Avoiding Vanity Metrics

analytics data sql stakeholders Nov 15, 2022
Photo by Marcos Paulo Prado on Unsplash

Early in my career in the analytics field I started to become inundated with task request from stakeholders.  I felt overwhelmed and confused at times by what my stakeholders were asking for.  There were already countless dashboards and metrics, yet I was receiving more request to produce additional metrics and add another metric to a dashboard or report.  Out of frustration with requests that didn’t seem to add value and only seemed to clutter my dashboards and create busy work, I decided to push back on my stakeholders. I chose to become curious, ask questions, and push for more information when the request didn’t seem to make sense.

In the short term this created some frustration for my stakeholders as they weren’t used to being challenged. But over the long term they became used to this process.  What resulted was the avoidance of the creation of metrics that I refer to as vanity metrics.

Vanity metrics are metrics that sound interesting or make you feel good, but they don’t provide any actionable insights or value to the business.  The tricky thing about these metrics is that they can be hard to identify because every metric can be useful when applied to the right business context.  My peloton bike has a prime example of a vanity metric called Number of Rides.

Example of a Vanity Metric

Nearly every morning I hop on my Peloton bike, log into the app, and ride along with one of my favorite instructors.  During the ride my instructor exclaimed (to another rider), “Congratulation! Wow! 1,000 rides! That’s amazing!”. As impressed as my instructor is, the number or rides is something that I would consider to be a vanity metric.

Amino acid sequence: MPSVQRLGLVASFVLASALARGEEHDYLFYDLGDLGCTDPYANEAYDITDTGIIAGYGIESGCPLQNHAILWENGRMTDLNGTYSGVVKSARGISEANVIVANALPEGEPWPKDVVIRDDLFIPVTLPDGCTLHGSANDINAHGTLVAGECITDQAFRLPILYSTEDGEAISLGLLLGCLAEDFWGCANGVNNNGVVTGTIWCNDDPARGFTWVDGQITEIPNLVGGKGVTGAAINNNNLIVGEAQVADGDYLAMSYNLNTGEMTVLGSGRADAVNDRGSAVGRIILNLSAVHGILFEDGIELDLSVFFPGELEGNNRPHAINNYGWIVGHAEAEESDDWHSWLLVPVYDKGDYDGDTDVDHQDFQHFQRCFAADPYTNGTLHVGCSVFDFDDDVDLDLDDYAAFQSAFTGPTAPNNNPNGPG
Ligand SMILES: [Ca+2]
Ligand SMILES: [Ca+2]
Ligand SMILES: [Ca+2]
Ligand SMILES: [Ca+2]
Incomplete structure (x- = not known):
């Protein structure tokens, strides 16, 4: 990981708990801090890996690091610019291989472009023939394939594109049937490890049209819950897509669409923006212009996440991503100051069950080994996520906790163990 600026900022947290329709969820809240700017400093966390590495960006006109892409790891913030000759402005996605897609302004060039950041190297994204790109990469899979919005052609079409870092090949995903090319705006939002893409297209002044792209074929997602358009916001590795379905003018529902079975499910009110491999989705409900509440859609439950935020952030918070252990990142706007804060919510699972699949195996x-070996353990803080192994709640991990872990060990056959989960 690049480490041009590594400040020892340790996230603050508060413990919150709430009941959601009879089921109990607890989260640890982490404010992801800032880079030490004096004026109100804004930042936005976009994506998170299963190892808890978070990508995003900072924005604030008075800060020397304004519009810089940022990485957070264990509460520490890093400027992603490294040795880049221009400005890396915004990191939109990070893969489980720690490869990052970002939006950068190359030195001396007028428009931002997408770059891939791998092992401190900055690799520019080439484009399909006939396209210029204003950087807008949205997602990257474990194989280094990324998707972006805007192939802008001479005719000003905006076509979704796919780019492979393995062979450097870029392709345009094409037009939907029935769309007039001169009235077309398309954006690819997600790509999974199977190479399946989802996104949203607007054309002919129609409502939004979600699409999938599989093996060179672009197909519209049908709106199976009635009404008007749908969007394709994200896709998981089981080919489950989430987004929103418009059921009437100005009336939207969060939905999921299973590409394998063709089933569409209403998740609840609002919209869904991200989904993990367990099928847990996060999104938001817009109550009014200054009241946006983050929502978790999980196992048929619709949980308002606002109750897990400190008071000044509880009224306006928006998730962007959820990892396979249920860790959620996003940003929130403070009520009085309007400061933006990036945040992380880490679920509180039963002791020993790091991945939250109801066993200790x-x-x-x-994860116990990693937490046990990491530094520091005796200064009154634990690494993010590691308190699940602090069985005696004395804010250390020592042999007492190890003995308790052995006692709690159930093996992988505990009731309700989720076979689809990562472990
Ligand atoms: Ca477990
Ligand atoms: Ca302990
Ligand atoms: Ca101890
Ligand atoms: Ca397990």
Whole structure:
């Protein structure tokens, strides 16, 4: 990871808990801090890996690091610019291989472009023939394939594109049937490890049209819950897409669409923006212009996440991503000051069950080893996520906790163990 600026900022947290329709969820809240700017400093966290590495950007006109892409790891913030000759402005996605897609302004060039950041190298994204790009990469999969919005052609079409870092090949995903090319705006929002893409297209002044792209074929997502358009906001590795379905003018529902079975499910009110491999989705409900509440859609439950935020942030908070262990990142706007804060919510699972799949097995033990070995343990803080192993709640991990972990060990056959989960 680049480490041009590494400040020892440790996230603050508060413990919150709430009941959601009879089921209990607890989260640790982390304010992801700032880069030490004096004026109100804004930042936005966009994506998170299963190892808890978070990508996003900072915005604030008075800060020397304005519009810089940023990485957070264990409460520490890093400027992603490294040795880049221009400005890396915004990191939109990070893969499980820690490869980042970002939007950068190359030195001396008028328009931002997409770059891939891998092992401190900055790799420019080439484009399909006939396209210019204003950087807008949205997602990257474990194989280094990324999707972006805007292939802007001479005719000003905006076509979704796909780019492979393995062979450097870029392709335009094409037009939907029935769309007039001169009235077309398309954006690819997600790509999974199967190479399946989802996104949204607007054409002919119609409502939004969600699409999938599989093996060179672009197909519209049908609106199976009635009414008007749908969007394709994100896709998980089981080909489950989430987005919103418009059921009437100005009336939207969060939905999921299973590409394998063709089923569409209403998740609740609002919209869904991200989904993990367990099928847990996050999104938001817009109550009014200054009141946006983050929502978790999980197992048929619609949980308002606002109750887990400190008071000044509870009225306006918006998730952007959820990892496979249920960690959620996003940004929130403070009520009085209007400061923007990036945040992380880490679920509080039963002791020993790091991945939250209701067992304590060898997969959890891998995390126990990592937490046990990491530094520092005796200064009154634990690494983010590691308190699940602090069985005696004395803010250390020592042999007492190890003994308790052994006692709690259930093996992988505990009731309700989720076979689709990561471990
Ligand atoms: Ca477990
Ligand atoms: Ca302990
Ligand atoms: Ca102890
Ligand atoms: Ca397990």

On the surface, 1,000 rides seem impressive.  But if we deep dive into this metric to explore how it is calculated, what we find is that whenever a user completes a ride, the total Number of Rides increases by 1.  This sounds logical.  But if we look deeper, we find that Peloton offers 9 different ride durations, ranging from 5 minutes to 90 minutes.  This means that when riders are being congratulated for their impressive number of rides, my Peloton instructor isn’t comparing apples to apples across riders.

For example, let’s assume that Rider-A rode 200 rides and Rider-Z rode 1,000 rides.  On the surface we may assume that Rider-Z has been a long-time rider, rides multiple times per day, or is more consistent than Rider-A.  But this may be far from the truth.  If Rider-A rode 200 rides but took the 90-minute class for each ride, and Rider-Z rode 1,000 rides but took the 5-minute class for each ride, a different metric would make us feel different about which rider is more impressive.

When we calculate a new metric based on the number of minutes, Rider-A rode 18,000 minutes and Rider-Z rode 5,000 minutes.  Suddenly, Rider-Z is nowhere near as impressive of a rider than Rider-A.  It is for this reason that I consider the Number of Rides to be a vanity metric.  It doesn’t offer a fair comparison of the rider activities, nor does it help the business to derive any actionable insights.  But there’s a catch.